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Low Impact Development

What is low impact development (LID)? It is a development and engineering design approach used to maintain pre-developed or natural site hydrology under post-development conditions. LID improves both stormwater quantity and quality by managing stormwater close to the source through infiltration, evaporation, and storage.

Some examples of LID are:

  • Permeable Concrete
  • Permeable Pavers
  • Rain Garden/Bioretention
  • Vegetated Bioswale
  • Green Roof
  • Rainwater Harvesting

Why is LID important? Studies have shown that when the percent of impervious surface, (roads, sidewalks, parking lots, rooftops) in a watershed reaches the 10-20% range the stream is no longer able to function healthily, and the stream becomes impaired. In highly impervious watersheds, pollutants enter streams in higher concentrations and at faster rates compared to natural watersheds. Impervious surfaces also speed up the flow of stormwater runoff and cause erosion.

impervioussurfacegraph_498x385.jpg

Tulsa's stormwater quality permit requires water quality standards to be maintained and the promotion of LID in development is one way to maintain stream health.

 

LID slows the flow of stormwater runoff, and allows it to soak into the ground, thereby removing harmful pollutants from entering our streams lakes and rivers.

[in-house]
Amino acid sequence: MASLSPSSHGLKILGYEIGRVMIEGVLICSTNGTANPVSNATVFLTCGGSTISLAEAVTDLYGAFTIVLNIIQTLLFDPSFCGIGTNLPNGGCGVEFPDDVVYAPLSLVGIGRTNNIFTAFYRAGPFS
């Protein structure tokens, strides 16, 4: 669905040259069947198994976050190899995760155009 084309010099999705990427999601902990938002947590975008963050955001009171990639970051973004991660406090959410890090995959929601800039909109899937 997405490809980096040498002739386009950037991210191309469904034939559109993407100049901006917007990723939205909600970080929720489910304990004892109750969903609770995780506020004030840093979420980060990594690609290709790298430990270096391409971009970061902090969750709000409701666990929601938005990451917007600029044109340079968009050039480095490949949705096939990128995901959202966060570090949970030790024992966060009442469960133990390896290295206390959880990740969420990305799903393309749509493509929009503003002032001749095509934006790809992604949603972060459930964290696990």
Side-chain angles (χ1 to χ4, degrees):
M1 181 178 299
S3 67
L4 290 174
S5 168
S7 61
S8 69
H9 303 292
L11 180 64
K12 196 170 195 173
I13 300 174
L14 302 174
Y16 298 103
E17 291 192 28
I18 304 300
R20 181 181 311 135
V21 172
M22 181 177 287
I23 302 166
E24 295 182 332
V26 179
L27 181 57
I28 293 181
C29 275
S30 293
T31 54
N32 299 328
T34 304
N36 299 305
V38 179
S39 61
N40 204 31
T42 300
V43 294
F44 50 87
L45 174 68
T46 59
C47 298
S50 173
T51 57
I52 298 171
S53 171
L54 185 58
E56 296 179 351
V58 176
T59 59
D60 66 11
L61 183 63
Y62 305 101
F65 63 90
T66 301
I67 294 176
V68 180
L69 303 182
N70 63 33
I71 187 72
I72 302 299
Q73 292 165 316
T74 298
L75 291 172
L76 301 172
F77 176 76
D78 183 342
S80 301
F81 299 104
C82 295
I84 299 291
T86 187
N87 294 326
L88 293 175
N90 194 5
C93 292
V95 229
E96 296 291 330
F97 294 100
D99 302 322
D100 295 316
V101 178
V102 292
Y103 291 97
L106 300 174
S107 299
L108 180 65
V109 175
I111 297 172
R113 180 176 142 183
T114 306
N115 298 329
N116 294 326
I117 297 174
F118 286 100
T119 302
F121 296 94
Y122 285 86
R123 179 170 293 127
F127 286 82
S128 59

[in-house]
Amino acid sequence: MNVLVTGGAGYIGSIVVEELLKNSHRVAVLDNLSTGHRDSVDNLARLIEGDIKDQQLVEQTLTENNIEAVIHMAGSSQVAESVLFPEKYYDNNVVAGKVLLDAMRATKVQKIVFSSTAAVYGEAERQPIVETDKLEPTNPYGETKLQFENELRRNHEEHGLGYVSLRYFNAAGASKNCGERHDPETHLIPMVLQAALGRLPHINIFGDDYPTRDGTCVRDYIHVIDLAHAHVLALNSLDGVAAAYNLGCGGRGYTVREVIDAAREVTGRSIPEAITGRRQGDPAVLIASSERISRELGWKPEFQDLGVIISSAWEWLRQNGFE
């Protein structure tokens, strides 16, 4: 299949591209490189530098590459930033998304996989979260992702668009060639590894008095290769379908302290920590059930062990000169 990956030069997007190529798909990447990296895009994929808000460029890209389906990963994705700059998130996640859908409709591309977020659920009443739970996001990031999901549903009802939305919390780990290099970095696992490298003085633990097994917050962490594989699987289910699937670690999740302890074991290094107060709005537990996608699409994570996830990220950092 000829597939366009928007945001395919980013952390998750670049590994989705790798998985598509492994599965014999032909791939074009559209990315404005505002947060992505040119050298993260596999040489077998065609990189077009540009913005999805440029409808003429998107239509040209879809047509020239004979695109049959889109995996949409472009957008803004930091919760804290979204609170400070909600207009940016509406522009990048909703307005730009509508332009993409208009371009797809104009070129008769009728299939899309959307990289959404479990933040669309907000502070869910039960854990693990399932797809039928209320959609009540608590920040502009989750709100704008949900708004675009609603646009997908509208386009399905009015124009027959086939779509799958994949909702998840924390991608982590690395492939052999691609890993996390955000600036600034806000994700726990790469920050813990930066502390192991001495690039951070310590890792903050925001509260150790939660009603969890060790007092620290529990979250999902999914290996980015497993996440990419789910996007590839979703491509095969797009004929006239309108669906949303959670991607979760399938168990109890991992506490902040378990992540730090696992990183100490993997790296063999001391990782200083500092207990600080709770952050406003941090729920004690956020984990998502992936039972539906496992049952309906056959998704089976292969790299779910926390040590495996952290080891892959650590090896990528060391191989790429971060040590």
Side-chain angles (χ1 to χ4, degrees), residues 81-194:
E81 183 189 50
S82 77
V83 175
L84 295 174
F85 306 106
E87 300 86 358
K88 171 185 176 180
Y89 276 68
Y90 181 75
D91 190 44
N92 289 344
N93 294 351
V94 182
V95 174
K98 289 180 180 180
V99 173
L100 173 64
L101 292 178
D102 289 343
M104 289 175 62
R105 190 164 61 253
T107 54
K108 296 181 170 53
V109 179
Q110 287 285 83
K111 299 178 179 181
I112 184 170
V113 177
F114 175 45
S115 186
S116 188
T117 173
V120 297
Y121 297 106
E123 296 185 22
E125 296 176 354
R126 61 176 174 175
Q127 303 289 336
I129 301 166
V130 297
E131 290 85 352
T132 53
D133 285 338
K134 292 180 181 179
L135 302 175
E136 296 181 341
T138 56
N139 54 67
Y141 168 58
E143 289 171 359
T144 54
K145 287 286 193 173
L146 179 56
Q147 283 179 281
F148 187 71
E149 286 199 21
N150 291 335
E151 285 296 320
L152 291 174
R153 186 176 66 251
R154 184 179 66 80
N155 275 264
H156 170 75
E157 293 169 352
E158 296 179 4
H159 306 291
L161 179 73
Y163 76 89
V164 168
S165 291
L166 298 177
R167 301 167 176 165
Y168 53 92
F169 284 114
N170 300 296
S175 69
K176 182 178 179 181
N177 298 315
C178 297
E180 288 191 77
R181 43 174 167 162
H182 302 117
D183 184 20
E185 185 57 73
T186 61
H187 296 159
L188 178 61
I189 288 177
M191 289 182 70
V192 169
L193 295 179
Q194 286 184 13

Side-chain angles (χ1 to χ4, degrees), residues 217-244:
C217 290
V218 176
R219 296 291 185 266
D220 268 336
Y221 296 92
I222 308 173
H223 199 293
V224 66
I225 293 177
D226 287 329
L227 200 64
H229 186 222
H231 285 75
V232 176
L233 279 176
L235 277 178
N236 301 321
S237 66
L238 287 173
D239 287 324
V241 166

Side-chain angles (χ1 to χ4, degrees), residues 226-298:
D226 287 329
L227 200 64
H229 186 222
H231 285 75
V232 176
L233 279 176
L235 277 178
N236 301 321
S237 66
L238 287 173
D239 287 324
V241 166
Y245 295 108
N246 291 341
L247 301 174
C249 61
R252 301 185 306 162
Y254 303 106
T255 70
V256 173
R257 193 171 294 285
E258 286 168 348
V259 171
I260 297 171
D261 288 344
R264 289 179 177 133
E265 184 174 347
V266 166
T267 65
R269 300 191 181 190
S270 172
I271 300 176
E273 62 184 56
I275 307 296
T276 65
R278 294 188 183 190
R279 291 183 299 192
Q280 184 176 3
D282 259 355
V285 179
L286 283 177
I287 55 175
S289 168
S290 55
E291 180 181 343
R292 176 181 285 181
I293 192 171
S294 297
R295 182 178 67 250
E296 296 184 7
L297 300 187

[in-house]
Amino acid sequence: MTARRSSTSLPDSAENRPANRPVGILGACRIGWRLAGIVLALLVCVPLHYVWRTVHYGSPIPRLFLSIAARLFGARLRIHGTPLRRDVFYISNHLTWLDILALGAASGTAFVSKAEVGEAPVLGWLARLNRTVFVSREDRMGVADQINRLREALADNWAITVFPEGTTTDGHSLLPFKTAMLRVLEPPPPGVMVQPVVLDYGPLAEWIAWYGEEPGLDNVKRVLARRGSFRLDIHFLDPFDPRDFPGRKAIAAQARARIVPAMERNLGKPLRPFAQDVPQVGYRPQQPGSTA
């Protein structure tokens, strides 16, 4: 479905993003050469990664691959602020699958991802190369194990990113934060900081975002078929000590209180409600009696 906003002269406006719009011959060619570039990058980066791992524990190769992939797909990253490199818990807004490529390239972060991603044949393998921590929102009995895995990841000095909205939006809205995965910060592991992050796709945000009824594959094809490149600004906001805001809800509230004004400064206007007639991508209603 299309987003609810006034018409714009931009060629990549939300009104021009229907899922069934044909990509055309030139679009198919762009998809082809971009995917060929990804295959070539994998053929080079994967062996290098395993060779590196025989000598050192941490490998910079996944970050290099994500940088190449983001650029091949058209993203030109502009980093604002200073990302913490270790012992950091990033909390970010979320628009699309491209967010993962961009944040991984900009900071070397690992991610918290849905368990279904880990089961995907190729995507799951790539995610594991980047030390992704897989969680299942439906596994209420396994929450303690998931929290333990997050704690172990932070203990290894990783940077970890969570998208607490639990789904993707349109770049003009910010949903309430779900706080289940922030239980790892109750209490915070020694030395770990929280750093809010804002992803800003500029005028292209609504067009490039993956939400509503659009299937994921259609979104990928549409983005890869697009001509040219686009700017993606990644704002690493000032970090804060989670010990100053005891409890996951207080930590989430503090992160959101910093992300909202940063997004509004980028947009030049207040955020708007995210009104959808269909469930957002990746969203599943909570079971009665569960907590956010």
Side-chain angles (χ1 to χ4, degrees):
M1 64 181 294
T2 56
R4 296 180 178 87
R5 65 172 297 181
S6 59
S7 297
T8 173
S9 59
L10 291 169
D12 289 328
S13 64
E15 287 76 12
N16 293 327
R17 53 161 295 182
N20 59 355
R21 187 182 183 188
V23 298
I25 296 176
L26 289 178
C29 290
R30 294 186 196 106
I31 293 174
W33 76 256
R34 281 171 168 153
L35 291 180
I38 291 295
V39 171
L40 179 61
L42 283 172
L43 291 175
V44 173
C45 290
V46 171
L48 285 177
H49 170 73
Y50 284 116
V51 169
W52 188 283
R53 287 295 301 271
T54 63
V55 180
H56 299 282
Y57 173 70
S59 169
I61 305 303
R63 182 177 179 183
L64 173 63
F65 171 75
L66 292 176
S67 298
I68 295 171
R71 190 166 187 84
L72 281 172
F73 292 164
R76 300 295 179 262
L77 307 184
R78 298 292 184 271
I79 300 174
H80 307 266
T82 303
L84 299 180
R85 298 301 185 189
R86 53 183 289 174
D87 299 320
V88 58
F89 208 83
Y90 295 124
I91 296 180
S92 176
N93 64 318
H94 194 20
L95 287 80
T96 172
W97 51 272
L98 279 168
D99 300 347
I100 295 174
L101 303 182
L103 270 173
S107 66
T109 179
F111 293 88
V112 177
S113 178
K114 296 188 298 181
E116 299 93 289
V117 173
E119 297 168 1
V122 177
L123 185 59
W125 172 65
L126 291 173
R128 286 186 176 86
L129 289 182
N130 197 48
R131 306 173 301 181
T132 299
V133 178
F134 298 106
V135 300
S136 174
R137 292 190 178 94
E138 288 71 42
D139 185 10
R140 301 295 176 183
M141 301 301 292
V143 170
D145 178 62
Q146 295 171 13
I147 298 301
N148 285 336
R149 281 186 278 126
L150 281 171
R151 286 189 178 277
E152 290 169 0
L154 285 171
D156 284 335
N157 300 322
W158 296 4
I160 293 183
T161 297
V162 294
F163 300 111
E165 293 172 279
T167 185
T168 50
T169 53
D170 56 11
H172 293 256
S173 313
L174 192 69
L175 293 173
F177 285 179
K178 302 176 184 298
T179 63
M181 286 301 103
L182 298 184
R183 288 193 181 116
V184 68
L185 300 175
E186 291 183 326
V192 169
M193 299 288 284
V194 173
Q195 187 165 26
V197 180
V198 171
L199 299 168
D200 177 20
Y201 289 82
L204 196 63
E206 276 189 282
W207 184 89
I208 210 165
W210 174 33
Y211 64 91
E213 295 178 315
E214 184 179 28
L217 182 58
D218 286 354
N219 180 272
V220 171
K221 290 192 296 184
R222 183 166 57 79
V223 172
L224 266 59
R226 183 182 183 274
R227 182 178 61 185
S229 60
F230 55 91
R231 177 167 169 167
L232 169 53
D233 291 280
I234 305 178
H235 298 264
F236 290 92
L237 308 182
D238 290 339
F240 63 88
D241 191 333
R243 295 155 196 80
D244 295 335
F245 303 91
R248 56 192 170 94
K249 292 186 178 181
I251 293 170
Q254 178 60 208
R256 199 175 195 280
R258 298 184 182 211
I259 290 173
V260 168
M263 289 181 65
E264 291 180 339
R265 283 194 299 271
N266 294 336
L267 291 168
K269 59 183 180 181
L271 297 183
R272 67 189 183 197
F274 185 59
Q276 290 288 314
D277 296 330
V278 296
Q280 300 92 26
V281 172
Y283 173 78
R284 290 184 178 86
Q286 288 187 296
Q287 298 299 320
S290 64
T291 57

The City of Tulsa recognizes the following individuals, groups and businesses that have incorporated LID into their building design:

PACE Member Address LID Practice Member Since:
Tulsa Health Department 5635 Martin Luther King. Jr., Blvd. Bioswale July 16, 2015
Westside Harvest Market 2232 S. Nogales Ave. Rainwater Harvesting July 23, 2015
Hope Unitarian Church 8432 S. Sheridan Rd. Rain Gardens July 28, 2015
Brannin Residence 5317 S. Columbia Pl. Rainwater Harvesting Jan. 20, 2015
Restore Hope Ministries 2960 Charles Page Blvd. Rainwater Harvesting Jan. 27, 2015
Pickard Residence 636 N. Denver Bio-swales, Rainwater Harvesting Feb. 3, 2015
Hardesty Arts Center 101 E. Archer Green Roof Feb. 4, 2015
Ross Residence 903 S. Quebec Rain Barrels Feb. 27, 2015
Barbara VanHanken 2212 E. 38th St. Rainwater harvesting, swales Mar. 5, 2015
The Tulsa Zoo 6421 E. 36th St. N. Rainwater harvesting, green roof, rain gardens Mar. 6, 2015
West Park Apartments 2405 E. 4th Pl. Bioswale, water harvesting March 6, 2015
Warren Professional
Building Corporation
6475 South Yale Green Roof, rainwater
harvesting, stormceptors
March 4, 2015
Howell and Vancuren 601 S. Lewis Ave. Pervious Pavers March 23, 2015
Andolini's Pizzeria 1552 E. 15th St. Pervious Pavers March 23, 2015
Community Food Bank of Eastern Oklahoma 1304 N. Kenosha Ave. Bioswale May 5, 2015
TriArch Architecture 618 E. 3rd St. Green Roof May 8, 2015
Tulsa Community College
Metro Campus
909 S. Boston Ave. Green Roof May 28, 2015
Gustavson Residence 1731 S. Rockford Rain Garden May 21, 2015
AmeriTrust 4506 S. Harvard Ave. Bioretention May 27, 2015


To become a member of PACE - LID, businesses must feature one or more of the above listed LID practices and agree to maintenance the LID feature as needed. PACE - LID members receive a certificate of appreciation, window display sticker, public recognition by the Stormwater Quality public education program, and may be featured on LID/environmental education tours in Tulsa.

To learn more information about becoming a PACE - LID member contact Stormwater Quality at (918) 591-4325 or email Jacob at jhagen@cityoftulsa.org

To learn more about LID in Tulsa and around the country visit:

Oklahoma State University Low Impact Development

Environmental Protection Agency Low Impact Development